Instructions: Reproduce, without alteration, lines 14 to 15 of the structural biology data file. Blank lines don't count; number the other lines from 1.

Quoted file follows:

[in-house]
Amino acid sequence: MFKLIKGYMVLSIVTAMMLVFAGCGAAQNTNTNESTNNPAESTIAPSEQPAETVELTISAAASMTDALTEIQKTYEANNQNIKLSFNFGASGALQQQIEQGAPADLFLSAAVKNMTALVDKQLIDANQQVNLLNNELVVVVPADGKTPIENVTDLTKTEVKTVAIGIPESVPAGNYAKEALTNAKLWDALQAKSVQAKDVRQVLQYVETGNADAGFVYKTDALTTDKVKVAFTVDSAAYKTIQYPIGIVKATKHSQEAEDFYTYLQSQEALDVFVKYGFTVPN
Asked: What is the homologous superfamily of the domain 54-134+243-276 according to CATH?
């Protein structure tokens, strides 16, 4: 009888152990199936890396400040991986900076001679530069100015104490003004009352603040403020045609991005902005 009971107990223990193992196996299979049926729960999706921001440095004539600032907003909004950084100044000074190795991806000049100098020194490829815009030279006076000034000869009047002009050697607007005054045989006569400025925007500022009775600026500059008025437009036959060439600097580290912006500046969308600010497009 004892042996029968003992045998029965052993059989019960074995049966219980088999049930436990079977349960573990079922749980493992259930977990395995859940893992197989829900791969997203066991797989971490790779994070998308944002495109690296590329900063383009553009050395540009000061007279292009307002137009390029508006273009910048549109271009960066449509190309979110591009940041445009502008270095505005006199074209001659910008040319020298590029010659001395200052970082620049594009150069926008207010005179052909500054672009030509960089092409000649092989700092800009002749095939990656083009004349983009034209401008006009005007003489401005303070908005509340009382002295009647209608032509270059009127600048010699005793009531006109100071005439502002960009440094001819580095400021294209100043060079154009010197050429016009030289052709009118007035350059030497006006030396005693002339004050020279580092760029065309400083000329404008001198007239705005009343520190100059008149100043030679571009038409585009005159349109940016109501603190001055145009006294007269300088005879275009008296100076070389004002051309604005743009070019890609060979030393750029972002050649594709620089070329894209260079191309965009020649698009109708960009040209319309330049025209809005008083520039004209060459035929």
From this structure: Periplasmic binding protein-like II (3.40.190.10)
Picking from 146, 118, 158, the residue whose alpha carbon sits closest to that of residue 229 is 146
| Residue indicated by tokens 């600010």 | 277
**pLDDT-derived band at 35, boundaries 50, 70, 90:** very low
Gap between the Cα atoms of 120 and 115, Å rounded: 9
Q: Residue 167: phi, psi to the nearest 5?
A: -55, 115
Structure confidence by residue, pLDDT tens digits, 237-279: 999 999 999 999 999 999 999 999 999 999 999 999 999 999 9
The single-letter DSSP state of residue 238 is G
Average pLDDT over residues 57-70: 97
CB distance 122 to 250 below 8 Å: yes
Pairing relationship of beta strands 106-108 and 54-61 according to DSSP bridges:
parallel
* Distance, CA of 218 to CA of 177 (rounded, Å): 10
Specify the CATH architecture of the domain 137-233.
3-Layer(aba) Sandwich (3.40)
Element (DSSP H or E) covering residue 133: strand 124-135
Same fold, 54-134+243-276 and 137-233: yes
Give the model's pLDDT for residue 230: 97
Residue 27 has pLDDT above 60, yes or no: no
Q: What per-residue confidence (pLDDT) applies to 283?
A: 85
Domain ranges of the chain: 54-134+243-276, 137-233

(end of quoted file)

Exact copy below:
Average pLDDT over residues 57-70: 97
CB distance 122 to 250 below 8 Å: yes